03/07/2014 08:10 pm ET Updated Mar 07, 2014

Crime Scene DNA No Match For Woman Convicted Of 1976 Murder

A woman convicted of the 1976 murder of a University of Nevada-Reno college student may get a new chance at freedom thanks to a new test of DNA found at the crime scene.

Cathy Woods was convicted of murdering Michelle Mitchell, 19, three years after the victim's body was found on the side of a road. She originally confessed to the crime, saying she had done it for Satan, but later recanted, according to KOLO-TV.

A recent DNA test on a cigarette found at the crime scene does not match Woods' DNA.

The DNA belongs to a male and matches the DNA in a series of unsolved murders in the San Francisco Bay Area that are known as the Gypsy Hill Killings.

Those slayings, which took place around the same time, also involved young women, some of whom had car trouble at the time of their deaths.

The victims in those murders were Ronnie Cascio, Tanya Blackwell, Paula Baxter, Denise Lampe and Carol Lee Booth.

No suspect was ever found.

Authorities began re-examining the evidence in Mitchell's murder last year after Woods requested a review.

With the new findings, a motion has been filed seeking a new trial for Woods, who is being held at The Florence McClure Correctional Center in Las Vegas.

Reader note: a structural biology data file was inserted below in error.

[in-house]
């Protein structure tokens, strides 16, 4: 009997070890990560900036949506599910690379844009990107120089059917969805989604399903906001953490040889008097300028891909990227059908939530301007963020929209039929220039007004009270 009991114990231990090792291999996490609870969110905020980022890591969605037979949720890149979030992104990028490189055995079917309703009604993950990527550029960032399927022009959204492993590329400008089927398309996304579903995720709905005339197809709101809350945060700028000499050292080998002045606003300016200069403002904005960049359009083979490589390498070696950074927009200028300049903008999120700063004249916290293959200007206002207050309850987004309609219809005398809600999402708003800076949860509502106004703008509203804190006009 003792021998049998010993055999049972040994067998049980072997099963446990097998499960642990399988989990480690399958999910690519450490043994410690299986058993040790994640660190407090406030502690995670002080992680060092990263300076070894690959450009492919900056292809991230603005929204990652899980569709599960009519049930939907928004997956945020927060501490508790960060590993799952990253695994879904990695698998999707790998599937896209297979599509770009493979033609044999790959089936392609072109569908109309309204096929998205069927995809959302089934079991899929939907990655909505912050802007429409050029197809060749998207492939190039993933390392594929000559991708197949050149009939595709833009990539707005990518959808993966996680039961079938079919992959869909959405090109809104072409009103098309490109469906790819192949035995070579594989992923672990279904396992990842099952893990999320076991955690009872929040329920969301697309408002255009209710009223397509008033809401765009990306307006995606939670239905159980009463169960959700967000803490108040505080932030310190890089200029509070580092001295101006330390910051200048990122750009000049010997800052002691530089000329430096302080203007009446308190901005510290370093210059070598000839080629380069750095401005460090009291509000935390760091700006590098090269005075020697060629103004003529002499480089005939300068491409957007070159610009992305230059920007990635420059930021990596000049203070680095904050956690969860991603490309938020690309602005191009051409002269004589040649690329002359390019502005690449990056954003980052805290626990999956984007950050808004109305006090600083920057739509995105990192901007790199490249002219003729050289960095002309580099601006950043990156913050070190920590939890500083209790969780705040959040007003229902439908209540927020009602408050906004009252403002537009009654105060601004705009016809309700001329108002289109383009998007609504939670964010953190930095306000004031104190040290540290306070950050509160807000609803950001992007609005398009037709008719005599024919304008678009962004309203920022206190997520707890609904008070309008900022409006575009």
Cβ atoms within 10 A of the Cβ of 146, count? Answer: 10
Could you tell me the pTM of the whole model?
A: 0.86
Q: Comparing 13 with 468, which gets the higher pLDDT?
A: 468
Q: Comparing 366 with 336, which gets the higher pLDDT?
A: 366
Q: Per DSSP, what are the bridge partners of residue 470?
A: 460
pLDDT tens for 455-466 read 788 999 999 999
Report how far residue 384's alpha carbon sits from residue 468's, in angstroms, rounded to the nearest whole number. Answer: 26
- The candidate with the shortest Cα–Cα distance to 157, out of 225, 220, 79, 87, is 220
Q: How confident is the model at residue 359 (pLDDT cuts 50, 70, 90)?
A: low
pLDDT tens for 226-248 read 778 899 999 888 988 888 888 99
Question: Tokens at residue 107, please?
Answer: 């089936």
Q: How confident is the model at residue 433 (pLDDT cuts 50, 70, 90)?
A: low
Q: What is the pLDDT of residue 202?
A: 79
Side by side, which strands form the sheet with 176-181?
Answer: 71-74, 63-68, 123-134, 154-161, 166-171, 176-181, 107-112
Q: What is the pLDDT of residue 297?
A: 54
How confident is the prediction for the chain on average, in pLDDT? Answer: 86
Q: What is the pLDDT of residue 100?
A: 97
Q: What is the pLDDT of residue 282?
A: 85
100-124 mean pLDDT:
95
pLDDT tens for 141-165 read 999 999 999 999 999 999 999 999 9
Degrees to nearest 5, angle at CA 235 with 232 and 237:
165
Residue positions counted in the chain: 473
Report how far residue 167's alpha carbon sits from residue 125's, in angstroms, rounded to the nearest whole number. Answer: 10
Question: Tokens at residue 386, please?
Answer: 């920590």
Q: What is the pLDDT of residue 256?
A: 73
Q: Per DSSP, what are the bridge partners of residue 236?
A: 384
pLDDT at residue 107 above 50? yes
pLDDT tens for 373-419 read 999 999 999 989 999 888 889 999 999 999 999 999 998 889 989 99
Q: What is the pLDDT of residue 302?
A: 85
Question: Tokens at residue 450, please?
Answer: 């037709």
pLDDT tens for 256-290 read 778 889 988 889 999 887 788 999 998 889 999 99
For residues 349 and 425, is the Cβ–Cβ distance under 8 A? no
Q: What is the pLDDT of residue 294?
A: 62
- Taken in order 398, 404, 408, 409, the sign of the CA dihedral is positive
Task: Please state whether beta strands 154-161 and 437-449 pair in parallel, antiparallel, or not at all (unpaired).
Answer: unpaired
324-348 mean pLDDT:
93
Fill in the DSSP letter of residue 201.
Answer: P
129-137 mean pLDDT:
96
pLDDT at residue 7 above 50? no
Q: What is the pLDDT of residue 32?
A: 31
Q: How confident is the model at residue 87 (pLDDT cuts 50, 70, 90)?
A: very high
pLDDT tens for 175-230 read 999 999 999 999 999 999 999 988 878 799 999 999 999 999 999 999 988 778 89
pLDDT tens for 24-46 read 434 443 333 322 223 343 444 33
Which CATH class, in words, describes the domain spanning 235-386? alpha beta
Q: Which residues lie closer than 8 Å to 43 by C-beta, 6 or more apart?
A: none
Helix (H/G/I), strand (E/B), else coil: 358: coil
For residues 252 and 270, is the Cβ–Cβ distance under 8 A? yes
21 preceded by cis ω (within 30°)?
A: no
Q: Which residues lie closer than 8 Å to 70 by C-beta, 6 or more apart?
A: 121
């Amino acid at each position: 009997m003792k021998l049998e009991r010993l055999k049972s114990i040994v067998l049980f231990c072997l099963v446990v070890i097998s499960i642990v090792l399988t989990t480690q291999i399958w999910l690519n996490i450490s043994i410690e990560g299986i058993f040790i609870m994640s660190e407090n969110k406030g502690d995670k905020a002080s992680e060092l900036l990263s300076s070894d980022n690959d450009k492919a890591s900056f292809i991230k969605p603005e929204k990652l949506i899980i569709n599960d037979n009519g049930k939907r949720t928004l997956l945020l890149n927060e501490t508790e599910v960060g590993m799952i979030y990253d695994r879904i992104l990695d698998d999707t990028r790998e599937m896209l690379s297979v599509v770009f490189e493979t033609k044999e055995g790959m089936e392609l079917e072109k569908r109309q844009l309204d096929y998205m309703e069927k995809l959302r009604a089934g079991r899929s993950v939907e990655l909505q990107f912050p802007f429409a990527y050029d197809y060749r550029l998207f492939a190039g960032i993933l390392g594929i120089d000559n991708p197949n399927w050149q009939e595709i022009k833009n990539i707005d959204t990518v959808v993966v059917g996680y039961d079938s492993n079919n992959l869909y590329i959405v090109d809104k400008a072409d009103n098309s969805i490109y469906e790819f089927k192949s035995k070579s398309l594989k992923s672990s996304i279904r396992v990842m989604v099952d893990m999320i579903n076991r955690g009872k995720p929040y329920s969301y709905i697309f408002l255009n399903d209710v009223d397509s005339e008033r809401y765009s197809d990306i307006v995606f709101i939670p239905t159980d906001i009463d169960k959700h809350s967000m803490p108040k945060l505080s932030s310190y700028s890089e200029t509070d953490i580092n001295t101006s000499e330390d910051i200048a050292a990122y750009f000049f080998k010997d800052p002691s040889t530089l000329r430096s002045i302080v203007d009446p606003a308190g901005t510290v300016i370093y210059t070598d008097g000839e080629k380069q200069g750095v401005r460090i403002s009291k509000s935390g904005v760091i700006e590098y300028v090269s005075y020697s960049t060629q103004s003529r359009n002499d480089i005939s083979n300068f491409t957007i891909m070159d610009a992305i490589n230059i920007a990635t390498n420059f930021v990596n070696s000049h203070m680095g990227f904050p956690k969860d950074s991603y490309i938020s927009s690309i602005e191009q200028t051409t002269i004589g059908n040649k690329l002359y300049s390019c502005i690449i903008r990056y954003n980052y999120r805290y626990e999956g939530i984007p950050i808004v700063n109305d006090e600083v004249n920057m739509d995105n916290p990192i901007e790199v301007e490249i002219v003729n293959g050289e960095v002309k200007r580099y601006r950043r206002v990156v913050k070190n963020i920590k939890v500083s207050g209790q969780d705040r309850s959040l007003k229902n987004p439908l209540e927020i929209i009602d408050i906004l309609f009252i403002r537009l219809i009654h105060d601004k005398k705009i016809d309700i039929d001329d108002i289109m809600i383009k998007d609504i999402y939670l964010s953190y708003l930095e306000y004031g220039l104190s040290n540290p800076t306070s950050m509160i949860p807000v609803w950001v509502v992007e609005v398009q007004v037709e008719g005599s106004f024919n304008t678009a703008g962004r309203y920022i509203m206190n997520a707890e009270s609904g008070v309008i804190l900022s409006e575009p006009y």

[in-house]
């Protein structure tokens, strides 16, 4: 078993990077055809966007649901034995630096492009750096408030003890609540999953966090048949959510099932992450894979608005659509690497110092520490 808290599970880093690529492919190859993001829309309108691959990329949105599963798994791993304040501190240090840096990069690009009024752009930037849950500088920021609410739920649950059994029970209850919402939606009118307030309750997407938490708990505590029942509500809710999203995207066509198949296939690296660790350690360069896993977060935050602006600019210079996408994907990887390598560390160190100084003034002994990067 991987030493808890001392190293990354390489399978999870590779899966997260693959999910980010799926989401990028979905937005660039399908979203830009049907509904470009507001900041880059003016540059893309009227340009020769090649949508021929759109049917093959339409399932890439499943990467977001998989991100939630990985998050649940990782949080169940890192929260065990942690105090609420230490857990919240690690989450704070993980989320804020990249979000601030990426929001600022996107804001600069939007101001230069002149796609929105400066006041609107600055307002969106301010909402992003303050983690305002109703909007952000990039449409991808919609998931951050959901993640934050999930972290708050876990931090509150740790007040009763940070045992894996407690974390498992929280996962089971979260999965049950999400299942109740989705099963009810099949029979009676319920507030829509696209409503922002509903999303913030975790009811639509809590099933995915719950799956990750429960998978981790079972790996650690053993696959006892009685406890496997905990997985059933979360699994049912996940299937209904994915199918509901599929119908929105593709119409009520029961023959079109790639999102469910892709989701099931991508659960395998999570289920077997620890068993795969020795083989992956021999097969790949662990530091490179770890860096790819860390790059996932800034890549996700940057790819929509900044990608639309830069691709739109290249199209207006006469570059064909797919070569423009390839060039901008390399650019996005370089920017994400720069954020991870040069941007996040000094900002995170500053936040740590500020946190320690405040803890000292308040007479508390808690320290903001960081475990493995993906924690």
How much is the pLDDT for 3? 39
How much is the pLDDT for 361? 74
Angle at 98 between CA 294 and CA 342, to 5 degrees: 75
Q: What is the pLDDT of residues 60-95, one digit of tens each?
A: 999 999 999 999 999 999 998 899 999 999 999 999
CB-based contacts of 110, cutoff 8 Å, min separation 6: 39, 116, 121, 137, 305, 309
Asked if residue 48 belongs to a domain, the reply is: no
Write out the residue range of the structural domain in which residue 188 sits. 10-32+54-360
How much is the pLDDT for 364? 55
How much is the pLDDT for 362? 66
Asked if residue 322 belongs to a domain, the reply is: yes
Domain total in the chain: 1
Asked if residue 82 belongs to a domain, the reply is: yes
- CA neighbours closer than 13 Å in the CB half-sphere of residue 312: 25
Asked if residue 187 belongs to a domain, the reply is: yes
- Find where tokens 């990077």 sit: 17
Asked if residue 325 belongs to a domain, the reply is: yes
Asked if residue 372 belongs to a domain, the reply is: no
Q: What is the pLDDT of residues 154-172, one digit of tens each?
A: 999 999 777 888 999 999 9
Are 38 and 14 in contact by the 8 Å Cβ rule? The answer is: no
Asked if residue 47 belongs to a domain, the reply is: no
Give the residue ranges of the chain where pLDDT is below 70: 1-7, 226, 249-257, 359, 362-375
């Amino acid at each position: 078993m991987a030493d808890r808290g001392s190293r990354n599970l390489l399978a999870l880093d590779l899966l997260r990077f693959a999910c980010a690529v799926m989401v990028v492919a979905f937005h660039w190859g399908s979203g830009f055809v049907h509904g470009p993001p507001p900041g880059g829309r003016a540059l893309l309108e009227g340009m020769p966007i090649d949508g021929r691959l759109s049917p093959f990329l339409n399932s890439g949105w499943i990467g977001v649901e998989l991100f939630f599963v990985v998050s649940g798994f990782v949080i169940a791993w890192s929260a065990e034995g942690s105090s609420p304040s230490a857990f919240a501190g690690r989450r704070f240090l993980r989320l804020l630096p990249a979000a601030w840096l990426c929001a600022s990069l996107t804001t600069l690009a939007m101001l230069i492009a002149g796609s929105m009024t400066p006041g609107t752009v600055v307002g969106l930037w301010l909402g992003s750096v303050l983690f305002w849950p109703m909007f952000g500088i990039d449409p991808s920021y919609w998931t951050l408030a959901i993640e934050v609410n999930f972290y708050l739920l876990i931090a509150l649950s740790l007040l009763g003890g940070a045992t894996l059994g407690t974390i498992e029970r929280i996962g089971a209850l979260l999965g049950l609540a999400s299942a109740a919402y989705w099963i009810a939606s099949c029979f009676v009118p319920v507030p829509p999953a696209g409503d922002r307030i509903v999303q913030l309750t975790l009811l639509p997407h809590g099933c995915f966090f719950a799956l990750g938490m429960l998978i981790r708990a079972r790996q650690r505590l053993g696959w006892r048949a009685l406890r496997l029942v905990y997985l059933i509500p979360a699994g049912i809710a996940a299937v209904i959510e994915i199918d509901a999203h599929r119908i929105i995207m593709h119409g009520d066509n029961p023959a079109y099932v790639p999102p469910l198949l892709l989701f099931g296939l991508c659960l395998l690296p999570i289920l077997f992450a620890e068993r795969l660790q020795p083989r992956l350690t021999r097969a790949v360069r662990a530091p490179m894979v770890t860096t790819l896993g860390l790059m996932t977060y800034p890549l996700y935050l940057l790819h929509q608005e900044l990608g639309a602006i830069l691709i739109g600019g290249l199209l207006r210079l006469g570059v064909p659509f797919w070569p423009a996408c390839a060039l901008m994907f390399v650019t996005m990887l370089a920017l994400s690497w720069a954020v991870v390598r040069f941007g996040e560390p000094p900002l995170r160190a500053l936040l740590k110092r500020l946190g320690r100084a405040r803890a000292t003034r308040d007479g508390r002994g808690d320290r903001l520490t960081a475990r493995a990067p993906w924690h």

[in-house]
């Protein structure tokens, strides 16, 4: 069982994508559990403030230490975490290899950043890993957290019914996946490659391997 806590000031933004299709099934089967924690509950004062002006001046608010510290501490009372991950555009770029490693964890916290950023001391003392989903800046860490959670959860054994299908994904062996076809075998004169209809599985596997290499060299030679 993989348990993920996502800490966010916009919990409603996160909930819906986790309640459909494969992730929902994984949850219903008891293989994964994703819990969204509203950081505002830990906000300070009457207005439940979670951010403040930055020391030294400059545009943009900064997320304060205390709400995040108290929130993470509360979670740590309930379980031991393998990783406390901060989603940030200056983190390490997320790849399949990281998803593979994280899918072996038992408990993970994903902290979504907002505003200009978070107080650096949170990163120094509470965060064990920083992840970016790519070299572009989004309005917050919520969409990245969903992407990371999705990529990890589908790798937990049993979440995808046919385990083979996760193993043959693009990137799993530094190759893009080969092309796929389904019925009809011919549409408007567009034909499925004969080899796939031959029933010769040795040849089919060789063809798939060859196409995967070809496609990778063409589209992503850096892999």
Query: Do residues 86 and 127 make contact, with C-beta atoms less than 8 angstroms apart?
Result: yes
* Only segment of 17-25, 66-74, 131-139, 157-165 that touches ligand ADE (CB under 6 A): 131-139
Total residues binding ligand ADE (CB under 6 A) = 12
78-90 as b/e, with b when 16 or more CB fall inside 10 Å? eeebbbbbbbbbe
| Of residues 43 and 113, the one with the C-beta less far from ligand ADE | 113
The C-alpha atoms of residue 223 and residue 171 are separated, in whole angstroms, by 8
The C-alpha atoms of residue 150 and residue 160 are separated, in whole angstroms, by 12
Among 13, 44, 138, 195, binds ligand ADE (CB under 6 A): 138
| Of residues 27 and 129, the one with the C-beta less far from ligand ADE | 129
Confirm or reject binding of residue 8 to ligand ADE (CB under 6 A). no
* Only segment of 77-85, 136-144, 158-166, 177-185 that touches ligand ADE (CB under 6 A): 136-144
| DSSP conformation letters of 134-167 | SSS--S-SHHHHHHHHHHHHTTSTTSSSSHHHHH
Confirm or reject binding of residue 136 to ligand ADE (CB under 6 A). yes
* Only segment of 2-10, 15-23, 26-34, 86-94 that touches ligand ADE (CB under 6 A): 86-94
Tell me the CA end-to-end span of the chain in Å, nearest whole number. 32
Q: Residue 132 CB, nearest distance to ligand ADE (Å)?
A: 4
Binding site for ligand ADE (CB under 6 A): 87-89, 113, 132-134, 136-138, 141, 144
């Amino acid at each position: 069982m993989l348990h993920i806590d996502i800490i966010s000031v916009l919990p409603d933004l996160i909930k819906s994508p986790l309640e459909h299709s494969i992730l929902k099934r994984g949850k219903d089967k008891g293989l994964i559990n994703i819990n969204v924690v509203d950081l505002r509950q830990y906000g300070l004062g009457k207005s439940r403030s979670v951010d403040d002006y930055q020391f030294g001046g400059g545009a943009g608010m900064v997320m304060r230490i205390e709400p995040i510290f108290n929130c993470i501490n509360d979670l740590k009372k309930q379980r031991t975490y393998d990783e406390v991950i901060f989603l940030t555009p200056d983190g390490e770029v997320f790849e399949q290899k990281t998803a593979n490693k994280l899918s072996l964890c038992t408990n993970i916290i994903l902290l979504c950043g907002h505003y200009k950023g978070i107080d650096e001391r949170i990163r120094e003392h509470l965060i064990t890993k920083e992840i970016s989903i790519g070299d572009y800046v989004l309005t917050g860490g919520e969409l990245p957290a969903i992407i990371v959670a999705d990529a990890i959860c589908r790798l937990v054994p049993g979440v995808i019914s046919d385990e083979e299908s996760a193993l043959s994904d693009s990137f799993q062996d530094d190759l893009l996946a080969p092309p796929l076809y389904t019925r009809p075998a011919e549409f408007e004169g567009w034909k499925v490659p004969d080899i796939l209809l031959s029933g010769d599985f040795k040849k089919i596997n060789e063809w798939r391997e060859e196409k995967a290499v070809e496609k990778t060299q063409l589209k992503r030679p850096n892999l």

Reno police Deputy Chief Mac Venzon tells the Reno Gazette-Journal, the new evidence does not directly connect Woods, but “it doesn’t necessarily exclude her, either.”

Nevertheless, the FBI is launching a task force to re-examine the Gypsy Hill Murders in San Mateo County and their connection to Mitchell's murder near Reno.

Investigators believe the San Mateo County killer was an accomplice in Mitchell's murder, reports.

Members of the task force plan to canvass neighborhoods where the victims were last seen and where their bodies were discovered, and pursue any leads that surface, according to FBI special agent Gerald Bessette.

Investigators are being careful not to call the killer a “serial murderer” because it might narrow the imaginations of potential witnesses as they recall clues to the crimes, CBS San Francisco reports.



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